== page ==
C. The Substantive Petition
We wish to make clear at the outset that the question before us is the narrow one of the adequacy of EPA's justification for the use of surrogates. Insofar as the parties characterize this petition as a challenge to the achievement of the 90% requirement, that question rises or falls with surrogacy. EPA has published a purported 90% listing. However, the adequacy of the MACT standards for the 90% requirement relies upon the propriety of the use of the surrogates. As to those issues, petitioners' challenge is timely. This does not determine whether it is meritorious. Petitioners raised their objections to the use of the surrogates in comments. We have frequently held in various contexts that, in APA review, we will often find agency decisions arbitrary or capricious where the agency has failed to respond to major substantive comments. See Pub. Citizen, Inc. v. FAA, 988 F.2d 186, 197 (D.C. Cir. 1993) (citations omitted); see also NRDC v. EPA, 859 F.2d 156, 188-89 (D.C. Cir. 1988). In this case, the agency's responses to the comments consisted principally of the same timeliness argument we rejected above. Therefore, if we conclude that the substantive comments raised meritorious issues unanswered by EPA, then we must remand for further proceedings.
We have in the past approved the use of surrogates by EPA. We have ruled that “EPA may use a surrogate to regulate hazardous pollutants if it is ‘reasonable’ to do so.” Nat'l Lime Ass'n v. EPA, 233 F.3d 625, 637 (D.C. Cir. 2000) (citation omitted). Therefore, Sierra Club does not argue, nor do we hold, that surrogates may not be used. The question is whether the current use of surrogates is reasonable.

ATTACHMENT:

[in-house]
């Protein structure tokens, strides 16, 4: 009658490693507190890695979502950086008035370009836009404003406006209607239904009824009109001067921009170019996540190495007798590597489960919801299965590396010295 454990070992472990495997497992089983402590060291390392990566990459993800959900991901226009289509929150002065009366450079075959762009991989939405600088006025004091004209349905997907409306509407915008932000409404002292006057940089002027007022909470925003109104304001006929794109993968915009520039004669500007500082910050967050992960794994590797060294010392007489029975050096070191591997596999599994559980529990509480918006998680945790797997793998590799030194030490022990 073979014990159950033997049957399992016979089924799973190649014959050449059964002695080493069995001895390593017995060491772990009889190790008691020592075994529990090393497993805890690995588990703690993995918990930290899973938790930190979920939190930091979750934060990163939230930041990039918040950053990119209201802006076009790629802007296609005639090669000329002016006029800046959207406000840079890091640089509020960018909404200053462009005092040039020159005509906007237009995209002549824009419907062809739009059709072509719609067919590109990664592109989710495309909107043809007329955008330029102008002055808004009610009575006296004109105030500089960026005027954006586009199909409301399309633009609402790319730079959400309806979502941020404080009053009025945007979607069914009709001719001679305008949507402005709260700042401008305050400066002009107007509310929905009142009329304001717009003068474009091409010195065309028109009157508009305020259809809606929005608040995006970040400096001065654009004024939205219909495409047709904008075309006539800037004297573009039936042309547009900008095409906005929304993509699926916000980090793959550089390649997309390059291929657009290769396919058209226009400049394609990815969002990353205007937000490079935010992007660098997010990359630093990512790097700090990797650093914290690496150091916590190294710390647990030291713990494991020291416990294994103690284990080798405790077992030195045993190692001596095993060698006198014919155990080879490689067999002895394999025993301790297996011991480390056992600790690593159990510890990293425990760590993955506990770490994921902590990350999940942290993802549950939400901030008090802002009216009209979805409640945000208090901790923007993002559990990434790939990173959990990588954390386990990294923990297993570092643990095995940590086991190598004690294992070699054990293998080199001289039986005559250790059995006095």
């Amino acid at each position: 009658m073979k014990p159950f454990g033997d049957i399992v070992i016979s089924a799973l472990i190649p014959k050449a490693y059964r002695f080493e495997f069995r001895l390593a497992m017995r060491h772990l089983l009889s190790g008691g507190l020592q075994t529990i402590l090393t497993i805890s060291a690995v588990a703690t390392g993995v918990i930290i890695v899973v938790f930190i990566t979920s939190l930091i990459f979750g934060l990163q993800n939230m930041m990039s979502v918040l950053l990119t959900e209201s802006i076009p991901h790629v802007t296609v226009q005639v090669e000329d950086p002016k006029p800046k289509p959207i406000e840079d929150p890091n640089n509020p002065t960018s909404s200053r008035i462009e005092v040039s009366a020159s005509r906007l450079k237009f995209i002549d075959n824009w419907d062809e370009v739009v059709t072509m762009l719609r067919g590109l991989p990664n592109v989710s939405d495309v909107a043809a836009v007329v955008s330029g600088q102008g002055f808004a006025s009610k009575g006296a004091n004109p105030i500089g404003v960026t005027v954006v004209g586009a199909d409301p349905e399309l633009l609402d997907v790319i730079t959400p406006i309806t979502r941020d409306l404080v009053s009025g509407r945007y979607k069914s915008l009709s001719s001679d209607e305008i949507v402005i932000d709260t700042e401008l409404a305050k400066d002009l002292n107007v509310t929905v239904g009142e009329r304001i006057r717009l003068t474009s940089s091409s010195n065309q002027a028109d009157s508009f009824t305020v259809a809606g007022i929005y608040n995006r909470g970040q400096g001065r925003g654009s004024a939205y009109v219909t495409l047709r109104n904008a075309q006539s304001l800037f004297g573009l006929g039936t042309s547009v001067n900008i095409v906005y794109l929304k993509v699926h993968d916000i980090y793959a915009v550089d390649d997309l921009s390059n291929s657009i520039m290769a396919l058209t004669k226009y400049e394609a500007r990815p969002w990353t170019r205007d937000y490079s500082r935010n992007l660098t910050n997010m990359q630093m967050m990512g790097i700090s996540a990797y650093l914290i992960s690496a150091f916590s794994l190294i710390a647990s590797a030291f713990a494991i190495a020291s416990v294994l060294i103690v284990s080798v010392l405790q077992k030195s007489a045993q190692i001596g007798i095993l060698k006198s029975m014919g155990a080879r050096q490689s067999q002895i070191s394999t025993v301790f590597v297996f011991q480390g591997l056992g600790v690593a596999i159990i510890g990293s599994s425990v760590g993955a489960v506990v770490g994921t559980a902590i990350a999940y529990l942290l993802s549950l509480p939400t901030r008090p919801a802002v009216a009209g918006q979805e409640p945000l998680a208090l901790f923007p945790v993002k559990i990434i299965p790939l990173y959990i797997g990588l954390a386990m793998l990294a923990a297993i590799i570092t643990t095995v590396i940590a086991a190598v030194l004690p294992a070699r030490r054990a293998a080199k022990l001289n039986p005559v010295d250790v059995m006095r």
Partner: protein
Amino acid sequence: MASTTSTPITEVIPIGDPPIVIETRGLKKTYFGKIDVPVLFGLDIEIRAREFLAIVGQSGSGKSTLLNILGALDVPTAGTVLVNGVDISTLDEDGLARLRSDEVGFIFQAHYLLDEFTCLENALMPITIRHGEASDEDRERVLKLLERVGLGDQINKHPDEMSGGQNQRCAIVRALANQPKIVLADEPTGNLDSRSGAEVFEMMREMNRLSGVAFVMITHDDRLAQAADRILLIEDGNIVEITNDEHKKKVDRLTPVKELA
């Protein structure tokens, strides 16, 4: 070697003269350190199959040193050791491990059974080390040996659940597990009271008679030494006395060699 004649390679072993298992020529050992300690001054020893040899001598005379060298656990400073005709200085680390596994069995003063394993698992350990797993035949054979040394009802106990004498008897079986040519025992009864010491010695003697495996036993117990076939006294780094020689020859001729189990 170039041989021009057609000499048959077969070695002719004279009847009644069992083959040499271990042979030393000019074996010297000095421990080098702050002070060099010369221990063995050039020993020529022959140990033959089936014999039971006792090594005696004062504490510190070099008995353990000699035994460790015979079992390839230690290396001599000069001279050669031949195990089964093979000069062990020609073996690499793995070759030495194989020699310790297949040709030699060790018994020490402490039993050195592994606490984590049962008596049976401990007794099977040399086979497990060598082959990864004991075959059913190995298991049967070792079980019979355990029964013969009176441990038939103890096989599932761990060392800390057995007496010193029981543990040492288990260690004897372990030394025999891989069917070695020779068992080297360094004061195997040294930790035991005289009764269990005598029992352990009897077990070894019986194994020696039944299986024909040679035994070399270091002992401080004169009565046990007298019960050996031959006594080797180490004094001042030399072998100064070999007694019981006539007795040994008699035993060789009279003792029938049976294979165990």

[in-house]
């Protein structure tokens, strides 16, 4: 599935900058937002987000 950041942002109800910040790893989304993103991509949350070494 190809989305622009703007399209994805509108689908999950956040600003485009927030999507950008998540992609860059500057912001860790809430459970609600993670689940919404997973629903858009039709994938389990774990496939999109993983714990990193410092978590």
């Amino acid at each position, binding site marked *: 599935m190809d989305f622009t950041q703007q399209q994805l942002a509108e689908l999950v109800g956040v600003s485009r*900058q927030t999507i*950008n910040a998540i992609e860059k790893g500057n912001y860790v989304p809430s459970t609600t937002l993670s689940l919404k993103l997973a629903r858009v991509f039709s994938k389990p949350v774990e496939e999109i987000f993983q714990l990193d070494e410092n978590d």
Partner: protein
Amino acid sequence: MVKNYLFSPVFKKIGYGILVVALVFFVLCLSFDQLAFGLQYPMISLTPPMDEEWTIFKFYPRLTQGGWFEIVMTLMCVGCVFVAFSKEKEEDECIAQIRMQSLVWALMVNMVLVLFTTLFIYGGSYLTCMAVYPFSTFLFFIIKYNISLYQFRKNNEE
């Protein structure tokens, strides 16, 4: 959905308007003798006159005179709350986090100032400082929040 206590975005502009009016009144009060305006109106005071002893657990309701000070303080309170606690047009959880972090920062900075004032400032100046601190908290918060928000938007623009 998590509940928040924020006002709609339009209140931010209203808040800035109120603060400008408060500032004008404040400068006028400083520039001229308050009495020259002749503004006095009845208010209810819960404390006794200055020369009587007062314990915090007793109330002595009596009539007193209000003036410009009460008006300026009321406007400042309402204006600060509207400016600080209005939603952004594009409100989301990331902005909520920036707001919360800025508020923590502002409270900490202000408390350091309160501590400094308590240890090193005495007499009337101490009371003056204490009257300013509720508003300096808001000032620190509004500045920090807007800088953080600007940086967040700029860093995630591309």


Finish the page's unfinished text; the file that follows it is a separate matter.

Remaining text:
This Court has identified three potential tests for evaluating the sufficiency of a surrogacy designation. National Lime “established a three-part analysis for determining whether the use of [a particular surrogate] for HAPs is reasonable ․” Sierra Club, 353 F.3d at 984. That three-part test requires EPA to determine if (1) the relevant hazardous air pollutant is invariably present in the proposed surrogate; (2) control technologies for the proposed surrogate indiscriminately capture the relevant HAP along with other pollutants; and (3) the control of the surrogate is the only means by which facilities achieve reductions in emissions of the hazardous air pollutant. See id.; see also U.S. Sugar Corp. v. EPA, 830 F.3d 579, 628 (D.C. Cir. 2016) (The reasonableness inquiry “requires the surrogate's emissions to share a close relationship with the emissions of the [target hazardous air pollutant].”); Mossville Envtl. Action Now v. EPA, 370 F.3d 1232, 1242 (D.C. Cir. 2004) (The reasonableness inquiry “merely requires ‘that there [be] a correlation between [the surrogate and the target hazardous air pollutants].’ ” (quoting Nat'l Lime, 233 F.3d at 639)). Applying those standards, in Sierra Club, we held that the use of a surrogate was reasonable. Sierra Club, 353 F.3d at 984-85. Even if the surrogates in the present case are different than a specific surrogate considered in Sierra Club or in National Lime, the three-part test is nonetheless instructive.